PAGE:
It looks like the long-running legal battle over the rights to Friday the 13th is finally coming to an end. For years, the future of the slasher movie series has been bleak with the rights to Jason Voorhees and the original movie under contention. On Thursday, the 2nd Circuit Court of Appeals sided with original screenwriter Victor Miller, and now he’s set to reclaim the domestic rights to Friday the 13th.
This decision has been a long time coming. After penning the script for the first Friday the 13th movie over four decades ago, Miller had sought to reclaim the rights to his work due to a provision in copyright law that allows original authors to do so after a statutory amount of time. Original movie producer Sean S. Cunningham and Horror Inc., the then-rights holders, sued Miller to prevent him from getting the rights.
In September 2018, Victor Miller won the rights battle against Cunningham, but the decision was promptly appealed. This put the Friday the 13th series on ice for the foreseeable future, and the pandemic only further delayed a final ruling from being made. Now, more than two years after that previous ruling, Miller has come out on top with this latest development. The 2nd Circuit rejected Cunningham’s counter-claim that Miller was an independent contractor who wrote the screenplay and wouldn’t be entitled to the authorship rights.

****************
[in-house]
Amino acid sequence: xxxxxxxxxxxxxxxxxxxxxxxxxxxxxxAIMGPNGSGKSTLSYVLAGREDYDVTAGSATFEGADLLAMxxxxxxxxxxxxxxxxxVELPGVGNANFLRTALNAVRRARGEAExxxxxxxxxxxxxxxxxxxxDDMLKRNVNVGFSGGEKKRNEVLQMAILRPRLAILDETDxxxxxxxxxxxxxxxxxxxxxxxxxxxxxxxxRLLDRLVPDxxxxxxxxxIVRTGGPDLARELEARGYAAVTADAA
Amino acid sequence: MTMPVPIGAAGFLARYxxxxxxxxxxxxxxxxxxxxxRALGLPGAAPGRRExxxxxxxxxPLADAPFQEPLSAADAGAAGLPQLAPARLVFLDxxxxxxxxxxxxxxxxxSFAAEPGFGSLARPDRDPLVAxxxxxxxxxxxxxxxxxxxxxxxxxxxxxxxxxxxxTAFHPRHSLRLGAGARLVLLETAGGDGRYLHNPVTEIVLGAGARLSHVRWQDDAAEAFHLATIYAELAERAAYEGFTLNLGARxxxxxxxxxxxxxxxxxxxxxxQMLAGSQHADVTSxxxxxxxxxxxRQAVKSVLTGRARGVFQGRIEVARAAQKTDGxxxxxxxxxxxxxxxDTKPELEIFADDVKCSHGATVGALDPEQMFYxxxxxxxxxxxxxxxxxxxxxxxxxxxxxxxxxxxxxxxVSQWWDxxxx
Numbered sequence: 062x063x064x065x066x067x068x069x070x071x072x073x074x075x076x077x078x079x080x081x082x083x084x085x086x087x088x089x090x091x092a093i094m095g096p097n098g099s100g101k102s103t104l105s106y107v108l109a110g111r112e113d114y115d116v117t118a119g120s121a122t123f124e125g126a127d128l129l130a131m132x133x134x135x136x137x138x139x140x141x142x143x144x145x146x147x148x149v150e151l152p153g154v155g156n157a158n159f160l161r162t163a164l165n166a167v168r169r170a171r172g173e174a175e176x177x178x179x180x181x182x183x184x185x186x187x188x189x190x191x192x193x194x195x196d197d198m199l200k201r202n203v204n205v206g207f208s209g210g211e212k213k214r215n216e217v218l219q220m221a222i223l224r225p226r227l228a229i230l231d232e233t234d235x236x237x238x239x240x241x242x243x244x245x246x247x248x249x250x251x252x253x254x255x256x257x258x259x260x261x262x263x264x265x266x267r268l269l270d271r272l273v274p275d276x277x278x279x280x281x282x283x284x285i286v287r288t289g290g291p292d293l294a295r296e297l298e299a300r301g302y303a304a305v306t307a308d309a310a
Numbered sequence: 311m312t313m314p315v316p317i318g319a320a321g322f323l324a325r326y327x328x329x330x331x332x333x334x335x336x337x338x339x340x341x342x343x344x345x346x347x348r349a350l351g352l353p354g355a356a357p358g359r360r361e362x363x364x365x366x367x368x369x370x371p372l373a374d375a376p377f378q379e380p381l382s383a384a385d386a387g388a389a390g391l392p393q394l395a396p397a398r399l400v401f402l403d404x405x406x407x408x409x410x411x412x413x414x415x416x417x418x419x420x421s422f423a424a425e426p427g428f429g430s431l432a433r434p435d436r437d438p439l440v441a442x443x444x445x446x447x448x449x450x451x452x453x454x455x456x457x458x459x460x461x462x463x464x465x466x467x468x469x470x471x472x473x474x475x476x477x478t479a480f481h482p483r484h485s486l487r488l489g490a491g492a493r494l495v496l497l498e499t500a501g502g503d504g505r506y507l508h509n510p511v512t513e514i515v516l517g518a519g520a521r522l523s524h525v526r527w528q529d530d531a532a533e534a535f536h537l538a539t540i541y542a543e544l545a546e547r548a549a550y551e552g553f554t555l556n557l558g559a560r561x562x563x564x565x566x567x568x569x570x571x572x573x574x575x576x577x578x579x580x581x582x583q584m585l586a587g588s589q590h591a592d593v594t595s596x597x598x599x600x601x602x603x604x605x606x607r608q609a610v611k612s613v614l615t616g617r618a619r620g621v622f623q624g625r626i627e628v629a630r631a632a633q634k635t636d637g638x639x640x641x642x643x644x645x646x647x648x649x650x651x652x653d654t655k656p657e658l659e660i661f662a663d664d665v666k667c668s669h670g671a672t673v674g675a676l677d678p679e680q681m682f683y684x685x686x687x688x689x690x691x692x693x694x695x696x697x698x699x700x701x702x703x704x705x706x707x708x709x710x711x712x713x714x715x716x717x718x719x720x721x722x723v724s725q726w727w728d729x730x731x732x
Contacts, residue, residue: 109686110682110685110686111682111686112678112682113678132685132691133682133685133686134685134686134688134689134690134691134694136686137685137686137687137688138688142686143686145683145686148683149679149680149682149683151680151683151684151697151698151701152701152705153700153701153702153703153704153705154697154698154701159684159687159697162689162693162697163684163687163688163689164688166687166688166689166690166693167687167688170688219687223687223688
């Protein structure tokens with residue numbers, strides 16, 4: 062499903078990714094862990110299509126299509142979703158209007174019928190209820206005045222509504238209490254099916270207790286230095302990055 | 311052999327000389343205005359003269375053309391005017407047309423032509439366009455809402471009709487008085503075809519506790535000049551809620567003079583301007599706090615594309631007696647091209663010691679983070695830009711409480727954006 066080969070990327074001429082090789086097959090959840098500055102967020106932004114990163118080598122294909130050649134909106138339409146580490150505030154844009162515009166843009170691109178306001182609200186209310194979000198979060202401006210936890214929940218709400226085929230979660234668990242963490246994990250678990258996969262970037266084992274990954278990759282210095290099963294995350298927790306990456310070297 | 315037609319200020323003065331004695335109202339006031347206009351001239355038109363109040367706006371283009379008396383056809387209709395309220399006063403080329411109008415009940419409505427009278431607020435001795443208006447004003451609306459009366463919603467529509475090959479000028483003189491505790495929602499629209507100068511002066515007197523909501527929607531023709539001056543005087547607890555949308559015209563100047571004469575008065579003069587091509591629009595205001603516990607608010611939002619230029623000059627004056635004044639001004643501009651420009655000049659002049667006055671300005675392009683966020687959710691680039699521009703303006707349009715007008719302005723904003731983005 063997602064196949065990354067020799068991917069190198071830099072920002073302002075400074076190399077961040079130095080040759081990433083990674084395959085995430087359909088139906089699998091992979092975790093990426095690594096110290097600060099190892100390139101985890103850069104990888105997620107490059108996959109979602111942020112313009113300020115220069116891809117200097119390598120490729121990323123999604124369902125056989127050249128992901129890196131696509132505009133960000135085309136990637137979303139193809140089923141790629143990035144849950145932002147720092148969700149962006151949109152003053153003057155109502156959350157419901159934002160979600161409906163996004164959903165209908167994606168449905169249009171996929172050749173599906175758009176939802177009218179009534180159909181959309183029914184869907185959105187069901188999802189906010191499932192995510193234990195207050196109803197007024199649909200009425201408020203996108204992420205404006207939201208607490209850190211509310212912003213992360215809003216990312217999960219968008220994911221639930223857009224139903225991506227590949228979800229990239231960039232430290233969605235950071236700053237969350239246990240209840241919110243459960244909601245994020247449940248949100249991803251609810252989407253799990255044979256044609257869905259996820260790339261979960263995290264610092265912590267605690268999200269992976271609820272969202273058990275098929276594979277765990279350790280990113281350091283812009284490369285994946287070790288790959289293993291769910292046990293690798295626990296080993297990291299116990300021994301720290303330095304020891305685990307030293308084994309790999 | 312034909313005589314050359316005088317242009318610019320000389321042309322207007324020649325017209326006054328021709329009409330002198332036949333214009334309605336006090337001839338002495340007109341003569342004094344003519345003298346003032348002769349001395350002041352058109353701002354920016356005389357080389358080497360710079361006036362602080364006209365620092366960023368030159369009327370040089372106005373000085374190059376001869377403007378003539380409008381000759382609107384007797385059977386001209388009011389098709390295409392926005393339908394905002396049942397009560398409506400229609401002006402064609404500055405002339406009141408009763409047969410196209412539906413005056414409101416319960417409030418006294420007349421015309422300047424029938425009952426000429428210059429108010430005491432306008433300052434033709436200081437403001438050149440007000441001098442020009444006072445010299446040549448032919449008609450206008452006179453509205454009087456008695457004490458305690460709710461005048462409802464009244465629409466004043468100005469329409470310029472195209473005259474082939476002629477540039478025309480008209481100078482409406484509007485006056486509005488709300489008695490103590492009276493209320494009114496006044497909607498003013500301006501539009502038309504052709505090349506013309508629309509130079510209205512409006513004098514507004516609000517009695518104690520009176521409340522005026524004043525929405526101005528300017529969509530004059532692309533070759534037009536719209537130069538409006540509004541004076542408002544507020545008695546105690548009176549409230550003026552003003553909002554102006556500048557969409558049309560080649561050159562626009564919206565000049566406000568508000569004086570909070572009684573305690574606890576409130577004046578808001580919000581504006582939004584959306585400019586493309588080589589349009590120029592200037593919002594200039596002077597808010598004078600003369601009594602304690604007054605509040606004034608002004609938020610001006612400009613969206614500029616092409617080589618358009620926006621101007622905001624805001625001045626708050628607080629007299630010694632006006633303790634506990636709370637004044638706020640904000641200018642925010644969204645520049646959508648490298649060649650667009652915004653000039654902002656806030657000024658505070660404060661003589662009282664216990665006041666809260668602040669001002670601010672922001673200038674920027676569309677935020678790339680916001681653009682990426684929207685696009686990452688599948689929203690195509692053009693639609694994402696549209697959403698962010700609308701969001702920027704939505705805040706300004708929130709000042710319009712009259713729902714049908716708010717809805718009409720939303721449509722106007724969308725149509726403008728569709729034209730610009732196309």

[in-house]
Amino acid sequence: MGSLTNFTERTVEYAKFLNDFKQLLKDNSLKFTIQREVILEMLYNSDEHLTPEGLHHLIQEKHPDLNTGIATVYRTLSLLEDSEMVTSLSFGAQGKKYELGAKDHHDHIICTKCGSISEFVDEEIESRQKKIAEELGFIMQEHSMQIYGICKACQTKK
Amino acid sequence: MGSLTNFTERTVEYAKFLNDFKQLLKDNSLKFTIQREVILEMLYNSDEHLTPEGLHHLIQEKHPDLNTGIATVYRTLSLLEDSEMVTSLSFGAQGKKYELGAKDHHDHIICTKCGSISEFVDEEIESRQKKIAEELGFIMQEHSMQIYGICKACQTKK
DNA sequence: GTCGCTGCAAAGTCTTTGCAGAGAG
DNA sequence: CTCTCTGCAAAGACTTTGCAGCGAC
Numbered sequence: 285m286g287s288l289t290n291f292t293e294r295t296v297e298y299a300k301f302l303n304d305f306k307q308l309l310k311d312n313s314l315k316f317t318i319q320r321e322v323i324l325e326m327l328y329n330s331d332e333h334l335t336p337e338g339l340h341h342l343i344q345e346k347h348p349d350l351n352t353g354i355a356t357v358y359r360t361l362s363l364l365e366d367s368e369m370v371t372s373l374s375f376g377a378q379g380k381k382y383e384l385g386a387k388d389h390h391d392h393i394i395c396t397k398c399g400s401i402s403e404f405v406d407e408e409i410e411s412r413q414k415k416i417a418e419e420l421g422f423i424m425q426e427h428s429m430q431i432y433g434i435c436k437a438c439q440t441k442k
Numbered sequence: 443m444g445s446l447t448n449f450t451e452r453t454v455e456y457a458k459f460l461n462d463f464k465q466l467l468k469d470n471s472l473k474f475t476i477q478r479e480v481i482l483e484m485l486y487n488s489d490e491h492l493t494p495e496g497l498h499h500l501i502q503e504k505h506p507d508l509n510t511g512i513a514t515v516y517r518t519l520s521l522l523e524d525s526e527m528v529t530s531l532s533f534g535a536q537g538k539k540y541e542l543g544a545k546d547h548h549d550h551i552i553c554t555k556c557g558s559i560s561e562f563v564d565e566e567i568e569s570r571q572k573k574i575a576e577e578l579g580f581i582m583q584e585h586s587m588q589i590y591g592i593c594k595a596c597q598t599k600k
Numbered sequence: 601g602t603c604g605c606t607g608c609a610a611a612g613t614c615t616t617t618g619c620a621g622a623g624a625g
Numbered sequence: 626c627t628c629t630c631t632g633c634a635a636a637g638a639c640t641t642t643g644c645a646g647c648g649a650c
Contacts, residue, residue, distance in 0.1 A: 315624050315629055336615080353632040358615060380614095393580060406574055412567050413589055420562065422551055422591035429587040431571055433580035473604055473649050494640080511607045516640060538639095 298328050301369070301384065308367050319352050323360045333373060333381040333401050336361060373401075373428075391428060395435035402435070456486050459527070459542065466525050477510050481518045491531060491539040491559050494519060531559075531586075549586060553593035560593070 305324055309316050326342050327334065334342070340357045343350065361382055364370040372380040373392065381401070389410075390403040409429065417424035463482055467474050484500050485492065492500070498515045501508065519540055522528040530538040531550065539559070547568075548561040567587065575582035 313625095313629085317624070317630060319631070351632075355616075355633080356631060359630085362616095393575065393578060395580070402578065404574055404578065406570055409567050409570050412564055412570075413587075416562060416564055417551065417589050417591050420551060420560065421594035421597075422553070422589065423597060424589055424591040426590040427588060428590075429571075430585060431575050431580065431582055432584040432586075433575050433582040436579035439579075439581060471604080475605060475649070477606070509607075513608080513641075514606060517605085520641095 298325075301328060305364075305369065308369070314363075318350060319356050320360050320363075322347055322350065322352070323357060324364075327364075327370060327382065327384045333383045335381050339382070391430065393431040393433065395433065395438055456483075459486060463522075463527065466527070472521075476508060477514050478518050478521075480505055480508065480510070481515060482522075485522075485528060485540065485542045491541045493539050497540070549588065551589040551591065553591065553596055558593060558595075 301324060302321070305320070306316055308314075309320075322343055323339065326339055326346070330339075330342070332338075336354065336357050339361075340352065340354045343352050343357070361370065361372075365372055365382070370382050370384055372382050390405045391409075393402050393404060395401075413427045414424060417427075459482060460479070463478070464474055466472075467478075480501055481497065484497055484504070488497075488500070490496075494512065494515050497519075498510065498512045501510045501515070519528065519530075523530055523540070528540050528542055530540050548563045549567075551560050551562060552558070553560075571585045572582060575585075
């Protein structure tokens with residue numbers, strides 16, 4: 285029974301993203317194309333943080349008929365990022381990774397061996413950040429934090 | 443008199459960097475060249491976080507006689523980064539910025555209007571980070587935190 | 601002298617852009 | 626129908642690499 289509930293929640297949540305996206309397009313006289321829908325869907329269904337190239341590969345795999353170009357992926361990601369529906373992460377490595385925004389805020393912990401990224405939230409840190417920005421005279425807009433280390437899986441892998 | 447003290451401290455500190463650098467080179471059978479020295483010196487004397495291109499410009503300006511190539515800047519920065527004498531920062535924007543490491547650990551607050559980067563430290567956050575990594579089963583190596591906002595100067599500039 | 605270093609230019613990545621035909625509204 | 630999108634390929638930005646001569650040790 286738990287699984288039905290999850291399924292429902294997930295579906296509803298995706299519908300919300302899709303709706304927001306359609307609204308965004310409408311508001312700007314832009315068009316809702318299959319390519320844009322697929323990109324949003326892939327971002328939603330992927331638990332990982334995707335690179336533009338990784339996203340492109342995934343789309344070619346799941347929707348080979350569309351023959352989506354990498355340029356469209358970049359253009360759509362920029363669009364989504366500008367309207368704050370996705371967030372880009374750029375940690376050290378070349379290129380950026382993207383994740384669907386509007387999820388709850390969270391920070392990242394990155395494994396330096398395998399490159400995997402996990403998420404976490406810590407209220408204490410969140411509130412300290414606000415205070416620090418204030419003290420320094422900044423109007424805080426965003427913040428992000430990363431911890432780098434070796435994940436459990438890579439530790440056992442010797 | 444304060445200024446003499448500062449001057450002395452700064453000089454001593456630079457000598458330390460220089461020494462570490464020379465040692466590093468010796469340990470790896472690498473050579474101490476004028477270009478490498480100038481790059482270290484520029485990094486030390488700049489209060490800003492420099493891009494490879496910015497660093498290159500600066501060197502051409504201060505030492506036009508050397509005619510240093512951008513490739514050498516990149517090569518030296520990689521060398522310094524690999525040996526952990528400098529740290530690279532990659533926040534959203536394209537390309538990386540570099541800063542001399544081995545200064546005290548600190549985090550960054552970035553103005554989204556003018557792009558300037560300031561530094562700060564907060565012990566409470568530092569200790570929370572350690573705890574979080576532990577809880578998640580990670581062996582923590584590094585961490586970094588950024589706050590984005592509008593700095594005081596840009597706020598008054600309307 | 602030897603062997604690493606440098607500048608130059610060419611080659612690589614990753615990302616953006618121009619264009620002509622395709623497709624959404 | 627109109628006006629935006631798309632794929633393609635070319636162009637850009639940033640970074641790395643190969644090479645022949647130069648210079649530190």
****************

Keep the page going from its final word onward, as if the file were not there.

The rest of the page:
“The Copyright Act and the NLRA serve altogether different purposes and focus on different economic sectors,” writes Circuit Judge Susan Carney in the decision. “As the Supreme Court explored extensively in Reid, section 101 of the Copyright Act uses a more restrictive definition of employment, one aimed at limiting the contours of the work-for-hire determination and protecting authors-the individual creators of works whose foundational value the Constitution itself recognizes and Congress has expounded upon.”
She added, “In the labor and employment law context, in contrast, the concept of employment is broader, adopting a more sweeping approach suitable to serve workers and their collective bargaining interests and establishing rights (in the NLRA), their safety rights (in the Occupational Safety and Health Act, 29 U.S.C. §§ 651, et seq.), and pay rights (in the Fair Labor Standards Act, 29 U.S.C. §§ 201, et seq.), for example… That labor law was determined to offer labor protections to independent writers does not have to reduce the protections provided to authors under the Copyright Act.”
It’s reportedly possibly that Cunningham and Horror Inc. could seek a rehearing before a fuller panel at the 2nd Circuit Court of Appeals. If that doesn’t go through, the next step would be to petition to the Supreme Court to hear the case. Because Miller’s rights only pertain to the original Friday the 13th, it doesn’t include the monstrous “adult” version of Jason Voorhees that shows up in the sequels, and Cunningham still owns the foreign rights.
In any case, this is a major development and good news for fans wanting to see this legal battle come to an end once and for all. With two victories in the battle for Victor Miller, let’s hope Sean Cunningham will cut his losses at this point and just move forward with the series. There’s so much interest in a new Friday the 13th movie that everyone involved is only going to make more money if these plans can finally go forward. This news comes to us from The Hollywood Reporter.